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April 1996 Reviews

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Top What's Hot! PerfectOffice 7 HP OmniBook 5000 CTS 5/120 Sys Performance Pro 200

What's Hot!

PerfectOffice 7

HP OmniBook P120

System Technologies 200MHz P6

(Editor's Note: The WinMag Box Score rates products on installation, usability, supporting materials, functionality, performance and utility. We use a 5-point scale:
1 poor, 2 fair, 3 good, 4 very good and 5 outstanding. A list of recommended desktop systems is at the end of the Reviews section; in future months, other hardware and software products will be added to the Recommended list.)

Top What's Hot! PerfectOffice 7 HP OmniBook 5000 CTS 5/120 Sys Performance Pro 200

PerfectOffice 7

Corel Antes Up for Win95 Suite Stakes

By James E. Powell, Northwest Bureau Editor

Corel has delivered a real Windows 95 office suite. PerfectOffice 7's new applications bring the suite up to true Win95 look and feel, adding a few innovative features and Netscape 2.0 in the process.

PerfectOffice's developers revised the Desktop Application Director (DAD), turning it into a taskbar that provides fast access to its own applications or any you add. It launches macros, remembers used files or fires up an Internet browser.

My favorite new feature, Save My Place, remembers all open documents and your position within each. Save your current session, then reopen it; you're back right where you left off.

Consistency is key in the new suite. Besides common toolbars and buttons (most noticeable in the new Quattro Pro), "The PerfectExpert," PerfectOffice's plain-English answer to Microsoft Answer Wizard, offers context-sensitive help throughout the suite. PerfectOffice's cross-application macro language means you can develop macros that build a chart, import it to a WordPerfect document and print the results.

There are new file formats for every application except Presentations, although you can save files to previous versions. All let you save in Envoy, a universal document viewing standard, which adds support for URL links as well as links to other Envoy-published documents.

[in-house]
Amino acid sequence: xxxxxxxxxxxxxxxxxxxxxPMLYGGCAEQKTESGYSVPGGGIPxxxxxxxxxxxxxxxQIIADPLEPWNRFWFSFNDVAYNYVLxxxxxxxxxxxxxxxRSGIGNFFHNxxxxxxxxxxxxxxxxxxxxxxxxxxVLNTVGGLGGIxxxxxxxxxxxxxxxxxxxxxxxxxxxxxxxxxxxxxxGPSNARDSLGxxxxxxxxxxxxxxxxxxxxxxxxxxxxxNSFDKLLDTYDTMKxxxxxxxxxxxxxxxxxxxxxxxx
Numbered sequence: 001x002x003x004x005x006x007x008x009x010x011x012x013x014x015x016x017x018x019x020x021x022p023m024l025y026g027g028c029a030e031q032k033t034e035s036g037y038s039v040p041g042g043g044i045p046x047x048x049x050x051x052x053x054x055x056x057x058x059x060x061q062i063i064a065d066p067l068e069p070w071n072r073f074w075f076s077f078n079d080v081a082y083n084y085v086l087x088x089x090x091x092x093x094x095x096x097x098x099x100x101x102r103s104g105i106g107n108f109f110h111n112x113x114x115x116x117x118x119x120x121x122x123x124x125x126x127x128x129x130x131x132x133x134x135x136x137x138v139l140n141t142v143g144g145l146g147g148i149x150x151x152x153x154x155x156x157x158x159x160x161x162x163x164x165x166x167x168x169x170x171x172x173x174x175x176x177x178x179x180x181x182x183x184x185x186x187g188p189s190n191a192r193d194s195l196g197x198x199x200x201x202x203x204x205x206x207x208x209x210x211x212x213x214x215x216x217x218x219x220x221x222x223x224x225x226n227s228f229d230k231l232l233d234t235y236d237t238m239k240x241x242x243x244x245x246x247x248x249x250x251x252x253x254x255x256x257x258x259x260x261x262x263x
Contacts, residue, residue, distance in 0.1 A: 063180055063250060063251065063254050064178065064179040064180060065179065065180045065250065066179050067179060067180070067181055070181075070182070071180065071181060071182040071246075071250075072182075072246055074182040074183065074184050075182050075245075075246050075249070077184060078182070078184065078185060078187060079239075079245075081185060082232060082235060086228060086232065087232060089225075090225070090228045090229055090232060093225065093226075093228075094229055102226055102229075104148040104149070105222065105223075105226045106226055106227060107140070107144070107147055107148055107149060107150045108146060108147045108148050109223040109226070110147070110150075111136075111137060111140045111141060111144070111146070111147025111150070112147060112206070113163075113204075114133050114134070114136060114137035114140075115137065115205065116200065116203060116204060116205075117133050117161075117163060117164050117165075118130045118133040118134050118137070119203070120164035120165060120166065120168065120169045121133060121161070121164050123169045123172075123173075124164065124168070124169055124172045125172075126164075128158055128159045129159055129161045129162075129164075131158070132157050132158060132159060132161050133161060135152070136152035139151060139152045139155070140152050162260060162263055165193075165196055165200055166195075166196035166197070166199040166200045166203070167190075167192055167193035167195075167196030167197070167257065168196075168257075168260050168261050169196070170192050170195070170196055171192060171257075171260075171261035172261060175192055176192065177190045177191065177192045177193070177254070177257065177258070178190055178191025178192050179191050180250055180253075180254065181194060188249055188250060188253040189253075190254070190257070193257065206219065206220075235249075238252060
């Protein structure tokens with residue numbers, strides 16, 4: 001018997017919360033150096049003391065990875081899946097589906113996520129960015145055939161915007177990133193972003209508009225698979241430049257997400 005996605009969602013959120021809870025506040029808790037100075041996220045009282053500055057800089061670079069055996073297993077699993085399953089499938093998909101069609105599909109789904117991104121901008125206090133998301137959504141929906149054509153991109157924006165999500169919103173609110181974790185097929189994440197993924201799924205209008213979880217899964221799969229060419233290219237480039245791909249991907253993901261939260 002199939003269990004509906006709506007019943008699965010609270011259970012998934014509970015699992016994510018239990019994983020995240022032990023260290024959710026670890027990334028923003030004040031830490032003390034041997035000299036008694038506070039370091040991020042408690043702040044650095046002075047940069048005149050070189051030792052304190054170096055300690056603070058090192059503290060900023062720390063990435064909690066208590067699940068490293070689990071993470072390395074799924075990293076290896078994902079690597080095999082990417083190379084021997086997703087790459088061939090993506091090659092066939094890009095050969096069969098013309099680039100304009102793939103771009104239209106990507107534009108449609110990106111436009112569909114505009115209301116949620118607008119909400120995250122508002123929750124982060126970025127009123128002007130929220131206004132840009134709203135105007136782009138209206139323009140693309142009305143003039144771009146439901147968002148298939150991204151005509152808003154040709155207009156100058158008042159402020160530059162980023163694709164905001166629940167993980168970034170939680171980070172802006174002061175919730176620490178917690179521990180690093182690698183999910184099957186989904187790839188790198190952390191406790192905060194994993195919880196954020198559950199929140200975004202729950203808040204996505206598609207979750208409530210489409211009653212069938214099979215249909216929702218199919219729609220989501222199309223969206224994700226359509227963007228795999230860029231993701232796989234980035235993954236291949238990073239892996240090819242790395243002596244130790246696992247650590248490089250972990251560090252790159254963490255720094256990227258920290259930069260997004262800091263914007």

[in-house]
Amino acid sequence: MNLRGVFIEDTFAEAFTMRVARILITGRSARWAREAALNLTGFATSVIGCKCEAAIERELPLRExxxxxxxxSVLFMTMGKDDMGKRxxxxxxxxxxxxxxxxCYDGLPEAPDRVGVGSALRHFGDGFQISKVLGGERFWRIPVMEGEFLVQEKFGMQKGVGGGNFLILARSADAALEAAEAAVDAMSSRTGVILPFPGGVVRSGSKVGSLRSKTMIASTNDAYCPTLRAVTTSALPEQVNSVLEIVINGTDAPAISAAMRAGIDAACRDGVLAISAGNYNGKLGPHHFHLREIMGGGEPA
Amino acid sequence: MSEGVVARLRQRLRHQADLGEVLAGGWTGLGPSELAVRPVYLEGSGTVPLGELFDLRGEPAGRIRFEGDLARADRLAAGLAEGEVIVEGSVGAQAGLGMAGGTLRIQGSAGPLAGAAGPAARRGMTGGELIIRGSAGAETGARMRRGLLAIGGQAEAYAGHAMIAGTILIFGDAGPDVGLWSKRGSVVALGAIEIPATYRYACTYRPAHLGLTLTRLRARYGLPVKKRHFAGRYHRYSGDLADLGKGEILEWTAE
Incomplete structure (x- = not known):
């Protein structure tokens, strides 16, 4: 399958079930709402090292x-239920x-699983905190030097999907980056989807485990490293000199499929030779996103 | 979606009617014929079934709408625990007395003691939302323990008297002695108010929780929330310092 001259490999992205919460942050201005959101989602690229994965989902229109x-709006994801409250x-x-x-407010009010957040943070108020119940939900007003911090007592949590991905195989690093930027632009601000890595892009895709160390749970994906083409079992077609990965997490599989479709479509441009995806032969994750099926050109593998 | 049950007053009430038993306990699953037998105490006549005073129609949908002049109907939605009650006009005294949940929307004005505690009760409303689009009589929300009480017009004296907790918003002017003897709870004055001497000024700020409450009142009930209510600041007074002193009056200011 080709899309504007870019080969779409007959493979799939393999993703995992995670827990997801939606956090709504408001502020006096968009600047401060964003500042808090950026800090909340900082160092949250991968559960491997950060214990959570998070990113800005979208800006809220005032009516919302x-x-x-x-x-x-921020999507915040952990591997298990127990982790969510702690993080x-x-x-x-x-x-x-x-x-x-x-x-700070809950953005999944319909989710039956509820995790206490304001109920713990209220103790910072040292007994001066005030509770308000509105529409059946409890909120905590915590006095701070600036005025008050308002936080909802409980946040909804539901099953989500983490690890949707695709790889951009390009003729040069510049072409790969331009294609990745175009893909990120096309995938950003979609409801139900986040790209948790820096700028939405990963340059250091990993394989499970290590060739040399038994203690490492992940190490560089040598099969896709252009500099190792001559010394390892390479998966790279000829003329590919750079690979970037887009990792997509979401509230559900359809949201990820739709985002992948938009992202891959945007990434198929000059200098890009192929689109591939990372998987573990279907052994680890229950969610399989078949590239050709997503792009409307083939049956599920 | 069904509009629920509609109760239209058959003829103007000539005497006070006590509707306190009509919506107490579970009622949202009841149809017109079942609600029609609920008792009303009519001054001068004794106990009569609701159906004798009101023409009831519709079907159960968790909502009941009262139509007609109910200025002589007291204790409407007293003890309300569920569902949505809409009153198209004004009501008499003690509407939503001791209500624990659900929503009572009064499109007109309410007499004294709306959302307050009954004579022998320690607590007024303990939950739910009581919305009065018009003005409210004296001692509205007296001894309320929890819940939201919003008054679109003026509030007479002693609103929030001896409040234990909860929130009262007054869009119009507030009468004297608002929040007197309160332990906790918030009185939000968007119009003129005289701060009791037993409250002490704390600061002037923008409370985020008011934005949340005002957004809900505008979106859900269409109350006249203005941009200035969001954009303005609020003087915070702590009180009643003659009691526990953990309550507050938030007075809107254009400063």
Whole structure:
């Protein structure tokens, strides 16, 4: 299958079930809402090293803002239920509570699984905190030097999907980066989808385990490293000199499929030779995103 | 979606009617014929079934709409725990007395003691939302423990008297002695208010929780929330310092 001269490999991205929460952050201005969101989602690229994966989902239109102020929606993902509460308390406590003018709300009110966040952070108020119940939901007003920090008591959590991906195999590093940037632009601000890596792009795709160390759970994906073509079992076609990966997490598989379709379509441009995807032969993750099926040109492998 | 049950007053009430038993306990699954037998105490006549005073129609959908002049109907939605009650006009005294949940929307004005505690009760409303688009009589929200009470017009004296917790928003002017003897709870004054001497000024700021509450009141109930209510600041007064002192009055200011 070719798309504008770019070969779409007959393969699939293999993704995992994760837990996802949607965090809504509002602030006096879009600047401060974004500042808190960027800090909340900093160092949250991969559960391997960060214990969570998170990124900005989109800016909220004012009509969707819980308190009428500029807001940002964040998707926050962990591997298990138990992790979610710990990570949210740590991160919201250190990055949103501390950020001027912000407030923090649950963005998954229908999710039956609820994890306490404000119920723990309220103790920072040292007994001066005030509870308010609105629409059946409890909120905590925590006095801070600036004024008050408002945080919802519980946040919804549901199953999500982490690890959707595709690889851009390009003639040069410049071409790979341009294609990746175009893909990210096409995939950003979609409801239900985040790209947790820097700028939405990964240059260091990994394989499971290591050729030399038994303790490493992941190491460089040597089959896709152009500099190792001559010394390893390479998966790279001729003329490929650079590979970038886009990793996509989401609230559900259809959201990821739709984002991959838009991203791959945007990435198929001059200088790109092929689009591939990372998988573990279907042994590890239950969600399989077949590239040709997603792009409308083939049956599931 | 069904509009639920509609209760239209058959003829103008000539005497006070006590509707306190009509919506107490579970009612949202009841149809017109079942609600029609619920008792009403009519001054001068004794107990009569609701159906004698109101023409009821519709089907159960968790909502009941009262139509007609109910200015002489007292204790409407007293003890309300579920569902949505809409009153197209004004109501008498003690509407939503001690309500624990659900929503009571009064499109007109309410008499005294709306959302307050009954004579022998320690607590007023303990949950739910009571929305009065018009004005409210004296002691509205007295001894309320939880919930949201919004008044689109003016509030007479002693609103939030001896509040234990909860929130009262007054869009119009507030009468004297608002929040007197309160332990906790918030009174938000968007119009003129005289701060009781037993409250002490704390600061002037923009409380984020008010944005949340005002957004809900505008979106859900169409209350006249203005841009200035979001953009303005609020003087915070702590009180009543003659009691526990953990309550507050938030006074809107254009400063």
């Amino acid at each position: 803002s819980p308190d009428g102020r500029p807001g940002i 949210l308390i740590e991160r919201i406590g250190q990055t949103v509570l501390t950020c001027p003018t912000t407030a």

The first thing I noticed about WordPerfect was the vertical blue dotted lines that indicate margins. They clearly show indented text's relation to the margin, saving valuable screen real estate usually occupied by a ruler bar.

Several new features match the competition's: Small red slashes appear underneath misspelled words as you type, with suggestions appearing when you click the right mouse button. The program now converts fractions (such as 1/2) into the real thing (1/2) as you type, and 1st turns into 1st automatically. The Automatic Caps Lock correction feature changes mISTAKES into Mistakes.

WordPerfect also blazes the way with a few features. There's a new page numbering option, for example, that automatically adds "Page X of Y" to documents. Developers have expanded WordPerfect's list of last-used selections to include fonts, which now display in the actual face, size and color.

A small gray formatting square appears throughout documents.Click on one, and you'll find context-sensitive formatting buttons. A light gray cursor indicates where a mouse click would position the cursor; I found it particularly helpful for text insertions.

There are some new commands, but you don't have to use them if you prefer the old familiar ones. For instance, I'm used to browsing Document Information by pressing Alt+F and then the I key, but now that sequence opens WordPerfect's new Internet HTML window. I'm glad the new WordPerfect can revert to previous menu and keyboard commands so I can use what I've already learned.

Quattro Pro

Although Quattro Pro now includes 100 new "@" functions such as array lookup, nestable subtotals and rounding down, most of the spreadsheet remains unchanged.

A few notable improvements: The program now supports spreadsheet templates, which let you change data but not the underlying format and layout of a spreadsheet. A much-needed editable toolbar has been added, plus support for JPEG and WPG graphics file formats. Quattro Pro notebooks can be embedded in a Lotus Notes field. The program also lets you graph data geographically through a toolbar button. Best of all, you now can hot-link data to an Internet site and publish your spreadsheet as an HTML table.


You also can set up Internet links from within a Presentations slide show. Presentations has caught up to PowerPoint and now supports text and object animation. For instance, you can animate bulleted lists.

There is no animation support for charts, however, as there is in Gold Disk's Astound. A new Org Chart slide lets you move boxes and text, but it wasn't fully operational in my beta copy.


I won't call InfoCentral a PIM, though it does almost everything a PIM can handle, from storing names and addresses to reminding you of appointments. The program links data so you can view it from different perspectives. Though several categories are already set up, I especially appreciated the ability to add fields (such as a Spouse's Birthday field) to a category skeleton.

The program supports Caller ID, and you can synchronize InfoCentral's calendars with GroupWise, Novell's popular mail and workgroup scheduling application.